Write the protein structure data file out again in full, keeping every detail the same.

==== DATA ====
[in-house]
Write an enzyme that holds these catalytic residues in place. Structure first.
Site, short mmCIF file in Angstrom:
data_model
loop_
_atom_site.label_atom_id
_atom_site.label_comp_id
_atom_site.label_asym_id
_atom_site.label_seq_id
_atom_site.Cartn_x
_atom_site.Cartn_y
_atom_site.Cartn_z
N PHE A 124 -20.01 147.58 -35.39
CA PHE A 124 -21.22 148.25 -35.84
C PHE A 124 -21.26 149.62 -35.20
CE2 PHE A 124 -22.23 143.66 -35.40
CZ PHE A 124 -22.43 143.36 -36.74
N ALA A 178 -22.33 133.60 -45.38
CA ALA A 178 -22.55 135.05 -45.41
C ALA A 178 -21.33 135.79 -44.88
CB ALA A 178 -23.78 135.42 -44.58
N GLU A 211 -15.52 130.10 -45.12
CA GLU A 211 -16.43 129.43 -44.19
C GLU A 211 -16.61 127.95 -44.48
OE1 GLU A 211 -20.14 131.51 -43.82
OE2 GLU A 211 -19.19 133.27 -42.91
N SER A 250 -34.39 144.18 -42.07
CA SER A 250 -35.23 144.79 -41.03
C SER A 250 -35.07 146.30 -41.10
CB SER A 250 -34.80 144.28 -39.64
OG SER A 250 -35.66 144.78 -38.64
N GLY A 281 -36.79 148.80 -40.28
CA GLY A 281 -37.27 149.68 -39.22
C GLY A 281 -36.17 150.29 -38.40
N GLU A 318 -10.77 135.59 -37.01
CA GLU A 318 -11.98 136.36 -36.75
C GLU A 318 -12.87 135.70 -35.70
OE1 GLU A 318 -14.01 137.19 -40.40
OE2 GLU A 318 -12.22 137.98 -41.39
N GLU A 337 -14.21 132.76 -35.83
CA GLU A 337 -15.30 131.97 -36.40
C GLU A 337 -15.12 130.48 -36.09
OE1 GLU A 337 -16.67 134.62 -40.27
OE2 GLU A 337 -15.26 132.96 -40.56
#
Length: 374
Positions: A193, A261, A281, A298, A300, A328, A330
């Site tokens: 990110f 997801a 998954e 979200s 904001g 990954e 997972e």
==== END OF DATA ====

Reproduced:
[in-house]
Write an enzyme that holds these catalytic residues in place. Structure first.
Site, short mmCIF file in Angstrom:
data_model
loop_
_atom_site.label_atom_id
_atom_site.label_comp_id
_atom_site.label_asym_id
_atom_site.label_seq_id
_atom_site.Cartn_x
_atom_site.Cartn_y
_atom_site.Cartn_z
N PHE A 124 -20.01 147.58 -35.39
CA PHE A 124 -21.22 148.25 -35.84
C PHE A 124 -21.26 149.62 -35.20
CE2 PHE A 124 -22.23 143.66 -35.40
CZ PHE A 124 -22.43 143.36 -36.74
N ALA A 178 -22.33 133.60 -45.38
CA ALA A 178 -22.55 135.05 -45.41
C ALA A 178 -21.33 135.79 -44.88
CB ALA A 178 -23.78 135.42 -44.58
N GLU A 211 -15.52 130.10 -45.12
CA GLU A 211 -16.43 129.43 -44.19
C GLU A 211 -16.61 127.95 -44.48
OE1 GLU A 211 -20.14 131.51 -43.82
OE2 GLU A 211 -19.19 133.27 -42.91
N SER A 250 -34.39 144.18 -42.07
CA SER A 250 -35.23 144.79 -41.03
C SER A 250 -35.07 146.30 -41.10
CB SER A 250 -34.80 144.28 -39.64
OG SER A 250 -35.66 144.78 -38.64
N GLY A 281 -36.79 148.80 -40.28
CA GLY A 281 -37.27 149.68 -39.22
C GLY A 281 -36.17 150.29 -38.40
N GLU A 318 -10.77 135.59 -37.01
CA GLU A 318 -11.98 136.36 -36.75
C GLU A 318 -12.87 135.70 -35.70
OE1 GLU A 318 -14.01 137.19 -40.40
OE2 GLU A 318 -12.22 137.98 -41.39
N GLU A 337 -14.21 132.76 -35.83
CA GLU A 337 -15.30 131.97 -36.40
C GLU A 337 -15.12 130.48 -36.09
OE1 GLU A 337 -16.67 134.62 -40.27
OE2 GLU A 337 -15.26 132.96 -40.56
#
Length: 374
Positions: A193, A261, A281, A298, A300, A328, A330
């Site tokens: 990110f 997801a 998954e 979200s 904001g 990954e 997972e």